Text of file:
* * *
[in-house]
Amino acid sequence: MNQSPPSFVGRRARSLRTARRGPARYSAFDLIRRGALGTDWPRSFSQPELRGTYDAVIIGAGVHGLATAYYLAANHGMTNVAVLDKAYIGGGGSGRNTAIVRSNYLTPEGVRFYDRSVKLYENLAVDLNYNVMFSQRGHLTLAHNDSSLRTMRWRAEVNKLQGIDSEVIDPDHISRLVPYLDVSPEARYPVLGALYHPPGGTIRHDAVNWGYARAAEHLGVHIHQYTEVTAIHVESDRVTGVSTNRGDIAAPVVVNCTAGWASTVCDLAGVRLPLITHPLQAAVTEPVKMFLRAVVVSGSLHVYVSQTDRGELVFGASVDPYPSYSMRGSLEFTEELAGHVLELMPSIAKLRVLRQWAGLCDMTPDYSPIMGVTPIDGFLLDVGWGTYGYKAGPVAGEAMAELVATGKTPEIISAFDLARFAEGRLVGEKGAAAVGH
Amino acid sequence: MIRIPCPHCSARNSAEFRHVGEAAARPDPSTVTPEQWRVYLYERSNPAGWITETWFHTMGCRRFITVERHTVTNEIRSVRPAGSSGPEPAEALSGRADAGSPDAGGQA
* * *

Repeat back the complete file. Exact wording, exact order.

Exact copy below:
[in-house]
Amino acid sequence: MNQSPPSFVGRRARSLRTARRGPARYSAFDLIRRGALGTDWPRSFSQPELRGTYDAVIIGAGVHGLATAYYLAANHGMTNVAVLDKAYIGGGGSGRNTAIVRSNYLTPEGVRFYDRSVKLYENLAVDLNYNVMFSQRGHLTLAHNDSSLRTMRWRAEVNKLQGIDSEVIDPDHISRLVPYLDVSPEARYPVLGALYHPPGGTIRHDAVNWGYARAAEHLGVHIHQYTEVTAIHVESDRVTGVSTNRGDIAAPVVVNCTAGWASTVCDLAGVRLPLITHPLQAAVTEPVKMFLRAVVVSGSLHVYVSQTDRGELVFGASVDPYPSYSMRGSLEFTEELAGHVLELMPSIAKLRVLRQWAGLCDMTPDYSPIMGVTPIDGFLLDVGWGTYGYKAGPVAGEAMAELVATGKTPEIISAFDLARFAEGRLVGEKGAAAVGH
Amino acid sequence: MIRIPCPHCSARNSAEFRHVGEAAARPDPSTVTPEQWRVYLYERSNPAGWITETWFHTMGCRRFITVERHTVTNEIRSVRPAGSSGPEPAEALSGRADAGSPDAGGQA